Jay says: "Dr. Robert Duncan-Enzmann's translations of Magdalenian inscriptions from 12,500 BC have increased our historic record forever and provided invaluable information about our ancestors. Inscribed mostly by women, and predominantly about making textiles and child care, the stories which they tell are drama at its best."

Friday, February 20, 2015

Why Didn't We Go?



Echo Lance Starship by Doc E

Excerpt from the Conference on the Total Environment and the Future of Civilization
(Planetology and Space Mission Planning Series; see Enzmann Starship)

First Seminar:
Cornucopia of Space
Mankind’s relationship with the total environment of Earth and Space extends into antiquity an estimated 40,000 years! What is popularly known as the “Age of Space” is only the result of this investment - over 40 millennia of historical association with the heavens which has literally led to all we know – agriculture, cities, commerce, and the arts, culminating now with the last and grandest stage in this relationship: Exploration of the Universe, first hand. 
This development, recent though it is, has seen vast networks rise: communication, weather, and navigation satellites to serve a hundred million people of the Earth, coupled with celestial survey of its limited resources, just begun. Future children of the world will see this pyramid of systems greatly strengthened to include power generation from the sun, and seismic networks placed on other planets to act as aids to earthquake warning and eventual prevention.  
And some day, to save this “good green Earth,” men will turn increasingly to the use, through manufacturing in Space, of the limitless resources of the sun – treasure-troves of minerals, chemicals, and metals orbiting one hundred million miles beyond the biosphere, and hence expendable. The “mother lode” beyond men’s wildest dreams, it is the means of silencing forever all those who state that man must stay confined in body and mind to just one world.
Acceptance of his gift, the planetary system of his sun, will ready Man to dare the greatest human adventure of them all: The ultimate of voyages Beyond Apollo, the fascinating journey to the stars!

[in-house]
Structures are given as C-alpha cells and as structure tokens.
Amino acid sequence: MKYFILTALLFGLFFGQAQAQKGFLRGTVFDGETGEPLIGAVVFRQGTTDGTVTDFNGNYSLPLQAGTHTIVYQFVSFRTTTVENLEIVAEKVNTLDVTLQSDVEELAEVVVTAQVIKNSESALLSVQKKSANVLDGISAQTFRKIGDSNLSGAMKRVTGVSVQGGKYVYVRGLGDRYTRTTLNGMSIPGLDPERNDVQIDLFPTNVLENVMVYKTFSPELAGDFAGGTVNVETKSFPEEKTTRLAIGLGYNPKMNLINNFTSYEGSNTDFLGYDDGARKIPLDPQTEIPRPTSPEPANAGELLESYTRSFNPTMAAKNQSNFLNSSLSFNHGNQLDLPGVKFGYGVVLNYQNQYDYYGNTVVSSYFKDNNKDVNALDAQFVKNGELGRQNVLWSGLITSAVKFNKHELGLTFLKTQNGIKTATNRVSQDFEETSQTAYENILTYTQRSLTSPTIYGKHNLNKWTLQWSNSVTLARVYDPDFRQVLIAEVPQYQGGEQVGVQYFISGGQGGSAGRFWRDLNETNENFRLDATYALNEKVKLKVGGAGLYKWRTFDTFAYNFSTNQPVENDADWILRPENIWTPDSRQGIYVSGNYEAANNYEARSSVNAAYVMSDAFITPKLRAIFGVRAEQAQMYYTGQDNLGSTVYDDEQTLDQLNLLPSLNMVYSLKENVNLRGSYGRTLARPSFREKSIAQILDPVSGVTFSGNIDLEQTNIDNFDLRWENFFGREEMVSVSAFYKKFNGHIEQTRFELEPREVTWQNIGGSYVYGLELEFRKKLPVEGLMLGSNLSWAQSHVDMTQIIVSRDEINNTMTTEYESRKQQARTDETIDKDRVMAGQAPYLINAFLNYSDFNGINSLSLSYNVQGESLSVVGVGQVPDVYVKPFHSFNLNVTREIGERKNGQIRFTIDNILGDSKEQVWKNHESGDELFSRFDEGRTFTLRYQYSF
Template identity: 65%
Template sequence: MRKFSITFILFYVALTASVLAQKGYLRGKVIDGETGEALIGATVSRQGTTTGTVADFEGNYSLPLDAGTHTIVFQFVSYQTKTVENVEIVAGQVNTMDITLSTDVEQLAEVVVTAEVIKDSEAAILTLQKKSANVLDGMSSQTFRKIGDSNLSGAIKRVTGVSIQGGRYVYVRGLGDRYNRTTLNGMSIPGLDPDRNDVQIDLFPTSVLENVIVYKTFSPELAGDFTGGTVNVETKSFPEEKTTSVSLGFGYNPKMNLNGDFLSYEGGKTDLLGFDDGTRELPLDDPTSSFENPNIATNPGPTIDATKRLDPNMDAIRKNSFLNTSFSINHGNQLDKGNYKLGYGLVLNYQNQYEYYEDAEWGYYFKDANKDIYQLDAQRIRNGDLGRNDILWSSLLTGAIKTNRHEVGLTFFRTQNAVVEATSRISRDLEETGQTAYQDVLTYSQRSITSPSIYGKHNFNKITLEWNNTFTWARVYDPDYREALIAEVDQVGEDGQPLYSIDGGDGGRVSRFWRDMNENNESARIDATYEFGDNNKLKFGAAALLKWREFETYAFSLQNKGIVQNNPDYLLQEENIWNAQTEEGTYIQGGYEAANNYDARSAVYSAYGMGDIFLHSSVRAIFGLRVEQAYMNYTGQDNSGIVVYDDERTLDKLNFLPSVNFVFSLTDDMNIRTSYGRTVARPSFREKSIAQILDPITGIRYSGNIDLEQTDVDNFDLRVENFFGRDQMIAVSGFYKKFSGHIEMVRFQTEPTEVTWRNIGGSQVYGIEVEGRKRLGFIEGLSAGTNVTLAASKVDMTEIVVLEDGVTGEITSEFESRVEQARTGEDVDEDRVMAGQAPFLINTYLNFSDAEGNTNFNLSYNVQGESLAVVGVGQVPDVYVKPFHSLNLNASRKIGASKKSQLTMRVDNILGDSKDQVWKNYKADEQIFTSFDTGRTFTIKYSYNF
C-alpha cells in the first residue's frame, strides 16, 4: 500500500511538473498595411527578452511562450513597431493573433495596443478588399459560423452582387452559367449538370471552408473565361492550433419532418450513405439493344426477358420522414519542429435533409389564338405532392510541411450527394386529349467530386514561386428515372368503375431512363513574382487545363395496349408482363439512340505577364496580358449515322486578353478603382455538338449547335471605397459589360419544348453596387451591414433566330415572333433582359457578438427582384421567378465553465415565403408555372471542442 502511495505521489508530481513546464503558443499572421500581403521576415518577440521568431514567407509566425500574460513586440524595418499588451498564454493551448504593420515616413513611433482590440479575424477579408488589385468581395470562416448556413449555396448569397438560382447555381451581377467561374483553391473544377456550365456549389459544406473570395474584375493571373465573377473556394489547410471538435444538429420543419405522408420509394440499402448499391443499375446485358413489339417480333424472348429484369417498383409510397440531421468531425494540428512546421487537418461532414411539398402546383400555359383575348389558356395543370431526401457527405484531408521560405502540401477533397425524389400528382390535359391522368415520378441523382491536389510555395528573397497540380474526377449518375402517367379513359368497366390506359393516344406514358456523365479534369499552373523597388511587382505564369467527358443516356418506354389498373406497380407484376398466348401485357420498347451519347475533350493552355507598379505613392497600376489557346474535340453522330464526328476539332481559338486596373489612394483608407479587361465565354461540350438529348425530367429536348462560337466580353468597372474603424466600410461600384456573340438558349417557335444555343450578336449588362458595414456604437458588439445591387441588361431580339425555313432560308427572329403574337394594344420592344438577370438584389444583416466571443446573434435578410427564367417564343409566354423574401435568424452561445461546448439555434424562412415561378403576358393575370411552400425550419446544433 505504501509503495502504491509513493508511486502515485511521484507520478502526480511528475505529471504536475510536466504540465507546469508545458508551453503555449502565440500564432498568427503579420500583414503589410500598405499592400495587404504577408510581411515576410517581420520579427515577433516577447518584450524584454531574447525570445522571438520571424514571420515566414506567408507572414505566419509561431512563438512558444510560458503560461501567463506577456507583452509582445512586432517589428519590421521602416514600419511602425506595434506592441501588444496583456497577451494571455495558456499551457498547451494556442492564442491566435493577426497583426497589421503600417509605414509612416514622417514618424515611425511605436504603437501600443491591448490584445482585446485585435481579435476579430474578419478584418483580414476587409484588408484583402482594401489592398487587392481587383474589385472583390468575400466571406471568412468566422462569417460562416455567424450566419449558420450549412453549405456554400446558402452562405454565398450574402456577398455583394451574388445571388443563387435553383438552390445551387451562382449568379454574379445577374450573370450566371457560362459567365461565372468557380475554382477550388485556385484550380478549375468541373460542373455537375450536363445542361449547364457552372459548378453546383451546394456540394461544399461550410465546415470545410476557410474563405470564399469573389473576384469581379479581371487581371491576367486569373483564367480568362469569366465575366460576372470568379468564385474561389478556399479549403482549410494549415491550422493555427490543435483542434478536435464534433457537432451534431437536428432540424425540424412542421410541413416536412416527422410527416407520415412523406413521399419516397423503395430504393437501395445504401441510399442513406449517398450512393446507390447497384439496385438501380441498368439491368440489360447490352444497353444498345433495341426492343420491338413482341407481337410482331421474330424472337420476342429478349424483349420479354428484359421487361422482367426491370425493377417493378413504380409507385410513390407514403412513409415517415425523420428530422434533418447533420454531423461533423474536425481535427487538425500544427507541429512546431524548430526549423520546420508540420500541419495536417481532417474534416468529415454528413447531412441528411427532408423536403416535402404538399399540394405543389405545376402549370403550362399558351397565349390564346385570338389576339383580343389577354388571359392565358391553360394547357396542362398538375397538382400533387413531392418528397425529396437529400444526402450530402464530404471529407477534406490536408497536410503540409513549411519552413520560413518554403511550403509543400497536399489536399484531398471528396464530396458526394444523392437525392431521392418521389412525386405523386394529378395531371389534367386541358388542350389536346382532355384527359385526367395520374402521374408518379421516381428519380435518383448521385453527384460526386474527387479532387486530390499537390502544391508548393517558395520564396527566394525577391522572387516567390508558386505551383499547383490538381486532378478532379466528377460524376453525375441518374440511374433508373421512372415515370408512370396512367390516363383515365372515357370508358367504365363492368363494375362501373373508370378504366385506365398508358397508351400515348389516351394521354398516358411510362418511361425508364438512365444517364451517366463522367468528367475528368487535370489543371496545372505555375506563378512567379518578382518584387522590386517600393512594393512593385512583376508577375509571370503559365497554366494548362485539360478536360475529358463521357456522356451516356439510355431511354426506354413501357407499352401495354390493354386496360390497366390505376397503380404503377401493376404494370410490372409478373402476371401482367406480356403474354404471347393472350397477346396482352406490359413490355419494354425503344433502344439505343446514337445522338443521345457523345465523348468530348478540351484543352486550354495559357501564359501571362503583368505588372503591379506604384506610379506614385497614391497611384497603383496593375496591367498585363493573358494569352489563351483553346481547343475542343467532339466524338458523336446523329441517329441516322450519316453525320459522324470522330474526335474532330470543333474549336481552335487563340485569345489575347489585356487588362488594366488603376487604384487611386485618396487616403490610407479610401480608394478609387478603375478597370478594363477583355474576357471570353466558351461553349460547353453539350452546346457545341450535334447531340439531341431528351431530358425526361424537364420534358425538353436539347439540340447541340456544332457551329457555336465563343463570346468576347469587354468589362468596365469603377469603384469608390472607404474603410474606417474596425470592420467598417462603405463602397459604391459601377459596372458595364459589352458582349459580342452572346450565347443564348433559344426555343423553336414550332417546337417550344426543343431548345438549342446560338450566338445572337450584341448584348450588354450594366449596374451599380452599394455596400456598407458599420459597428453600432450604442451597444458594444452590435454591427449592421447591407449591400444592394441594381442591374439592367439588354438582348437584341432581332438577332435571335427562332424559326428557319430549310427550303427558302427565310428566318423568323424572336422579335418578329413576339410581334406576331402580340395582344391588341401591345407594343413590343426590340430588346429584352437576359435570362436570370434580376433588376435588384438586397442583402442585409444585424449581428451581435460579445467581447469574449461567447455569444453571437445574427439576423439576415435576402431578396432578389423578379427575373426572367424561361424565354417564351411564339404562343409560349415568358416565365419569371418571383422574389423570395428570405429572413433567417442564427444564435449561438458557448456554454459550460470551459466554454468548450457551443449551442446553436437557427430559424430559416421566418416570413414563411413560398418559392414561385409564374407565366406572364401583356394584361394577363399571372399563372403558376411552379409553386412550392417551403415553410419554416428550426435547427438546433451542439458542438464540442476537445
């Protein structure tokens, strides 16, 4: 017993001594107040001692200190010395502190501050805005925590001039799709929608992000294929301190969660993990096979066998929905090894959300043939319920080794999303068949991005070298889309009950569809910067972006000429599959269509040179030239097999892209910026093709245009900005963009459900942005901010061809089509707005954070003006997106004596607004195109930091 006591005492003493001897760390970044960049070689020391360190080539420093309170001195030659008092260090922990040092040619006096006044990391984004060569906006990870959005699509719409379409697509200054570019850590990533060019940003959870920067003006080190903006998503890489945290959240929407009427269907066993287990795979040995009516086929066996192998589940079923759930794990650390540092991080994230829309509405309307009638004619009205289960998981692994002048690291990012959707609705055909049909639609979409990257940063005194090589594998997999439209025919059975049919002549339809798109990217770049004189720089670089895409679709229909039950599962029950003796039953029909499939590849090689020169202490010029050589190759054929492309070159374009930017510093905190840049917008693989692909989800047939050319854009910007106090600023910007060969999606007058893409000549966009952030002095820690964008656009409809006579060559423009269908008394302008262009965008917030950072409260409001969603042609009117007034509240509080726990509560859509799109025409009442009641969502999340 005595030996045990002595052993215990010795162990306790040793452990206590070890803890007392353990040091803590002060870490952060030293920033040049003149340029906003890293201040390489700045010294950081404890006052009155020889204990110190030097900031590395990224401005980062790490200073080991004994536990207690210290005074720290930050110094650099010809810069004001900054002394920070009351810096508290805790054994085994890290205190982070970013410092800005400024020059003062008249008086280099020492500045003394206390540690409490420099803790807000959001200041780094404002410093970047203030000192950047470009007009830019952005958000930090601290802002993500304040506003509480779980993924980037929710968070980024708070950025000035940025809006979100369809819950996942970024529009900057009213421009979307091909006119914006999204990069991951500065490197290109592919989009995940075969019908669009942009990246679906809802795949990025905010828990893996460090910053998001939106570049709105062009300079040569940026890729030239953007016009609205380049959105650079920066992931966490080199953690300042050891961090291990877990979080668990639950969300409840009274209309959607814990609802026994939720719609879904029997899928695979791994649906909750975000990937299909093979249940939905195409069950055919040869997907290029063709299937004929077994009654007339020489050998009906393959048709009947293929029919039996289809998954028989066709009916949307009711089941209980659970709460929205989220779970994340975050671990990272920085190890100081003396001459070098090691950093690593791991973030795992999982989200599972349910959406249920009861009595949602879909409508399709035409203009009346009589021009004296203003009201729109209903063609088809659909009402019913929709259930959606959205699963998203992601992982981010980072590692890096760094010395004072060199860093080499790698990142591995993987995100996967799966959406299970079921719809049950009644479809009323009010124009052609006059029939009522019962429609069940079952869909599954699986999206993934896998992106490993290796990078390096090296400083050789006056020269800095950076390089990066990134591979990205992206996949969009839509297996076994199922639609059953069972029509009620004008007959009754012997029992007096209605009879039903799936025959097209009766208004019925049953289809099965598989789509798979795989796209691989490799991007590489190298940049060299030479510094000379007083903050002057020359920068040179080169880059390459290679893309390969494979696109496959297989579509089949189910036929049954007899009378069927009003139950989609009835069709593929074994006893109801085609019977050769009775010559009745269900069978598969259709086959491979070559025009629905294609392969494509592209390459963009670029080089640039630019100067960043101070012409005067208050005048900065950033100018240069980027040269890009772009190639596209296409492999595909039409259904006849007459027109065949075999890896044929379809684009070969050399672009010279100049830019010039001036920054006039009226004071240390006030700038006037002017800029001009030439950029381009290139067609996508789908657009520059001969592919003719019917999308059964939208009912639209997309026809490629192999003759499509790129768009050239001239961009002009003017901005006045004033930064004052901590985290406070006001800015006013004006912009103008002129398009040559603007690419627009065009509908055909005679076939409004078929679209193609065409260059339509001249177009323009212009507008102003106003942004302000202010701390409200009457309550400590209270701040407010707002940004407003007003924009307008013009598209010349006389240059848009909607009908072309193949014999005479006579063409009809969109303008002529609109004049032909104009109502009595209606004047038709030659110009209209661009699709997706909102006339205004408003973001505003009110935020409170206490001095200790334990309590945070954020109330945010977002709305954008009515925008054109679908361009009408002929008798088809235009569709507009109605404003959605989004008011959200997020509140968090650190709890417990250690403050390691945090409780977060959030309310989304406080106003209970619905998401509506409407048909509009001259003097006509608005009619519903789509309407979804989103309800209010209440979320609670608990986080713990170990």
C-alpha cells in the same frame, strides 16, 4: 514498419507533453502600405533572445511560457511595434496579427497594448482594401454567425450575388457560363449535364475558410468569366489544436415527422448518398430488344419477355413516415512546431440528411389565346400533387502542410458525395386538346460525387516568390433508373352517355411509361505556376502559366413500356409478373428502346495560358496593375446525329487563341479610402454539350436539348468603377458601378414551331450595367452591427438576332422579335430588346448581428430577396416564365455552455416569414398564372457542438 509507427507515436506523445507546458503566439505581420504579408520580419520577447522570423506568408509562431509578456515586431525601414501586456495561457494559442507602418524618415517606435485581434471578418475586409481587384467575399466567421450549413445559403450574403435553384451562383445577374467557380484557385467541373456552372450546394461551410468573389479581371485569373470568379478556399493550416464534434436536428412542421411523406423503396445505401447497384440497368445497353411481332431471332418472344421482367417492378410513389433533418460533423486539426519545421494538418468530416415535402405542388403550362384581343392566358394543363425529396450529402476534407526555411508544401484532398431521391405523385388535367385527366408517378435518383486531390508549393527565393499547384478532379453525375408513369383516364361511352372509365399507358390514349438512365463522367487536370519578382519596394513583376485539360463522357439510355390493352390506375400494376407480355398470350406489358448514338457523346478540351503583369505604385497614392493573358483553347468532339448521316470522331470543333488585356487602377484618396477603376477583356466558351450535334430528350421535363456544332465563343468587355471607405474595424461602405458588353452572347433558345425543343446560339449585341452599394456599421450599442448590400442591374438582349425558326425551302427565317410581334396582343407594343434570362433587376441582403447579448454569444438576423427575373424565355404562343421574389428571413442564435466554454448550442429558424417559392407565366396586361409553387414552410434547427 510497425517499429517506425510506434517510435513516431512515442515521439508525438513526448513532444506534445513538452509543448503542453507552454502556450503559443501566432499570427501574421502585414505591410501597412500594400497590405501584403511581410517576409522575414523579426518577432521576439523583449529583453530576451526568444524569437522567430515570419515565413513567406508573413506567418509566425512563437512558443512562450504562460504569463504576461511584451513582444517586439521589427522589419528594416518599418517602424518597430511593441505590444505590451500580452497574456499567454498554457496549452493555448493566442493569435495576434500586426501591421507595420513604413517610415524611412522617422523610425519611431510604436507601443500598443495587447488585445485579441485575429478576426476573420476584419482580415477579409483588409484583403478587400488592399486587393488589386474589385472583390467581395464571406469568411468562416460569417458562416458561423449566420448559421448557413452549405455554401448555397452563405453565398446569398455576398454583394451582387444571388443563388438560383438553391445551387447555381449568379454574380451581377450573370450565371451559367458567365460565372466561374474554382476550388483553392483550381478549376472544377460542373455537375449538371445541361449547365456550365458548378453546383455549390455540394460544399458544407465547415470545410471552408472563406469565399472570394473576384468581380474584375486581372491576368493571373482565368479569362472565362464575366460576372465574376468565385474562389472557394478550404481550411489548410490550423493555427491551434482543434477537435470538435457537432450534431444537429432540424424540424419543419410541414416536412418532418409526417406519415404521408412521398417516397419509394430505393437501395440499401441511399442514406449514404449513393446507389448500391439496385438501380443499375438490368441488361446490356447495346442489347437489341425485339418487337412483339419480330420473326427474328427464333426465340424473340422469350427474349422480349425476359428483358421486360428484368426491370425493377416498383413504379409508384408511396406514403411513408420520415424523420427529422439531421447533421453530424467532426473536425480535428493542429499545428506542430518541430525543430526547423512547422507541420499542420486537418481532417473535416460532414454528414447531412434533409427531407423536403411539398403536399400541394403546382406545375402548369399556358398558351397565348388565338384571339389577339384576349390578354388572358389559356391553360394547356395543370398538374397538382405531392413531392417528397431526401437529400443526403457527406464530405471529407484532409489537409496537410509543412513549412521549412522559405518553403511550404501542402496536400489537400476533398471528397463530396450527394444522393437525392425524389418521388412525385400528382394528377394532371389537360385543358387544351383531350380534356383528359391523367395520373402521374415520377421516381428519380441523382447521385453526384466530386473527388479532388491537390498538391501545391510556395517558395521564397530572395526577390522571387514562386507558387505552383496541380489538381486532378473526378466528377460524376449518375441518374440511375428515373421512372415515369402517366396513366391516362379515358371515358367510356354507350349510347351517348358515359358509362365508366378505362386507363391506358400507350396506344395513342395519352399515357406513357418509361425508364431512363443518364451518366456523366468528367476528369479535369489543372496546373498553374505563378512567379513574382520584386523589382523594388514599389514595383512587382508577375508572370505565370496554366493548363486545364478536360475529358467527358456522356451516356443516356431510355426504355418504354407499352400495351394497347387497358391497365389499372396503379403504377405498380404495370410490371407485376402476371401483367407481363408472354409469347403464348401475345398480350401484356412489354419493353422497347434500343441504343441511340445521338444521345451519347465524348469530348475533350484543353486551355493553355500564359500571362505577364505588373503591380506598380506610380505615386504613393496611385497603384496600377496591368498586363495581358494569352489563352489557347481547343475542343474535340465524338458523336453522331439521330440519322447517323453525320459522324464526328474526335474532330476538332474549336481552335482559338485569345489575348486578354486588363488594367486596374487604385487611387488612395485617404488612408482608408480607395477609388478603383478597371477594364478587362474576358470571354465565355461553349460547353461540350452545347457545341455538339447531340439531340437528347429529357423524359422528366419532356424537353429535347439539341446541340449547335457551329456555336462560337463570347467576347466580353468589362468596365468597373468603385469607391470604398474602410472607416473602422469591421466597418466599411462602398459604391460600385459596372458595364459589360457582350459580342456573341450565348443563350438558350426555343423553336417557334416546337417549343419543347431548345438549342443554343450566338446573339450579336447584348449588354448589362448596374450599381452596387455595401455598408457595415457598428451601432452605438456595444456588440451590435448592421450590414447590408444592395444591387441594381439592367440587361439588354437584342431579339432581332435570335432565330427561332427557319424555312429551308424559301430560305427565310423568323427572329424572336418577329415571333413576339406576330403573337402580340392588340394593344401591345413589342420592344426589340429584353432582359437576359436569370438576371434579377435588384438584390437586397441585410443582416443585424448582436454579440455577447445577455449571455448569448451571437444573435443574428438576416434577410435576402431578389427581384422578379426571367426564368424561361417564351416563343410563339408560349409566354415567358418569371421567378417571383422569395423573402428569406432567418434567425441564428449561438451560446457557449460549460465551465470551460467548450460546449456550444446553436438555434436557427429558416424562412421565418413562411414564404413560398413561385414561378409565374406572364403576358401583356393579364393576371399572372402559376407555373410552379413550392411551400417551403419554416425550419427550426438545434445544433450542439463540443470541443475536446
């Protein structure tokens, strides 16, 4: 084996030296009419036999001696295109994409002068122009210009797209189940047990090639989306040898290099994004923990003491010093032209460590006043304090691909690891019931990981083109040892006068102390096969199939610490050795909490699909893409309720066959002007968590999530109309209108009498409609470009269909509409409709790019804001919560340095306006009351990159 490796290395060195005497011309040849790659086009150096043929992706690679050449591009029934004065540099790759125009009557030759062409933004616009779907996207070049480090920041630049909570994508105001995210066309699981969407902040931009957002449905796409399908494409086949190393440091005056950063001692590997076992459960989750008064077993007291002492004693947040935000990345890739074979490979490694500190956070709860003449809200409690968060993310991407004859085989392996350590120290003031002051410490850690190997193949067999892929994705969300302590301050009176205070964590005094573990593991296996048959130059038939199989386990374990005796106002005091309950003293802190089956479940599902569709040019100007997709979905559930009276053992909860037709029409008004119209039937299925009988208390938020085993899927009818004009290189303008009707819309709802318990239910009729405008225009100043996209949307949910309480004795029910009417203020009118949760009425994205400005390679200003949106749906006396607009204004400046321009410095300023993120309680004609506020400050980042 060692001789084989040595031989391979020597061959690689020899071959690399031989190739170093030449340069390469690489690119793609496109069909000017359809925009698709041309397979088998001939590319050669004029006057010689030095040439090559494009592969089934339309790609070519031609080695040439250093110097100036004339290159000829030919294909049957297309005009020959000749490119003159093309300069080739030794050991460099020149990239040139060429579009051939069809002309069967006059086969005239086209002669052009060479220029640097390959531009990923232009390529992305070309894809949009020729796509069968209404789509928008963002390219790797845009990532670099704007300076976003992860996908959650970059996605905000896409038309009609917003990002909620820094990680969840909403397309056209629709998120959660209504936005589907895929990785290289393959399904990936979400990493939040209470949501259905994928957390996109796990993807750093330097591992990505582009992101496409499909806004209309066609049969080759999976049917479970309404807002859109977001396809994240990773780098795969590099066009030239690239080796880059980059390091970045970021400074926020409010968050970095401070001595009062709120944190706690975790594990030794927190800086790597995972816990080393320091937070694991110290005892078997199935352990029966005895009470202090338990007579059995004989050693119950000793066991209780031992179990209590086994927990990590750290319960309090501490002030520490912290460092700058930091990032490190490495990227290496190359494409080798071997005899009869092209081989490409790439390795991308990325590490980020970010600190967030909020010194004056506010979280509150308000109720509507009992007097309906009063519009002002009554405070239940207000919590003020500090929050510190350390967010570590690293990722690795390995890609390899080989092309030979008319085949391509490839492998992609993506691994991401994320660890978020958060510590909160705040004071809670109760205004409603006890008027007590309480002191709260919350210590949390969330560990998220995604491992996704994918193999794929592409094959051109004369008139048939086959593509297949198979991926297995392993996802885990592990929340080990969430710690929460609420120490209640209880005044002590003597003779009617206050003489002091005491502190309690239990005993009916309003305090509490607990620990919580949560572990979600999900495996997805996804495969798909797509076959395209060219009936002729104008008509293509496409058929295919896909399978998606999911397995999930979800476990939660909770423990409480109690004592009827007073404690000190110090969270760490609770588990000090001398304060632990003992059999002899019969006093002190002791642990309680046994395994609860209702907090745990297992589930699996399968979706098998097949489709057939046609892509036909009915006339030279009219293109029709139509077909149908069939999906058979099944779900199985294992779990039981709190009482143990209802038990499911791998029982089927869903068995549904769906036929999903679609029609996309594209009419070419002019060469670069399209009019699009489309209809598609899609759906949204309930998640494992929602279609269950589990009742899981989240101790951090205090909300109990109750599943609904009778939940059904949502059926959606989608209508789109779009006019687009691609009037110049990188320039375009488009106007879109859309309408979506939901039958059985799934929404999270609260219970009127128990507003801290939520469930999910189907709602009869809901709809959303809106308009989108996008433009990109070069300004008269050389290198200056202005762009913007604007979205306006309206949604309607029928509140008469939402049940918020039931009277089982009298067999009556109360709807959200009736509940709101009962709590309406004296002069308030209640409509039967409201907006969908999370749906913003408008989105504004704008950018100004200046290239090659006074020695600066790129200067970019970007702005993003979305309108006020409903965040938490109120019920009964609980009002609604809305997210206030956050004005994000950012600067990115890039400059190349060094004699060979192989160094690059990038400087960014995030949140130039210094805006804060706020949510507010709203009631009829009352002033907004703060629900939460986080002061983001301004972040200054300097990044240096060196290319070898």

Consider what is being said. It is extraordinary, and quite true. Now consider that this was written in 1972. What has happened? Why have we not pursued this penultimate opportunity? Many dream of exploring the heavens, the stars beckoning them, pulling their hearts upward. They have been silenced.

For tens of thousands of years we have watched the stars, recording the patterns of their movements. Time was divided by measuring these movements. Days of the week were named 5000 BC. Seven thousand years later, we have yet to break free. And it is not because we did not know how. It is because some who were of the opinion that we should not, prevailed.

Dollie calendric, 38,000 BC
This is an ancient Lunar Calendar from Vogelherd cave, Germany.  I mean, really ancient. 38,000 BC. It looks like a dolly, because it was a child’s doll – and a thread winder (to keep the roved thread from kinking). It was also a teaching tool for time of day, lunar phase, seasons, plants, and animals. While winding mommy’s thread, the child learned how to tell time by the stars and sun, what seasons were and when, and lunar cycles. Our ancestors taught their very young children astronomy; they knew the movement of the heavens cradled their very lives, and thought it important to gain as much knowledge as possible. What has happened? Do kids today know how to find north without a computer or compass?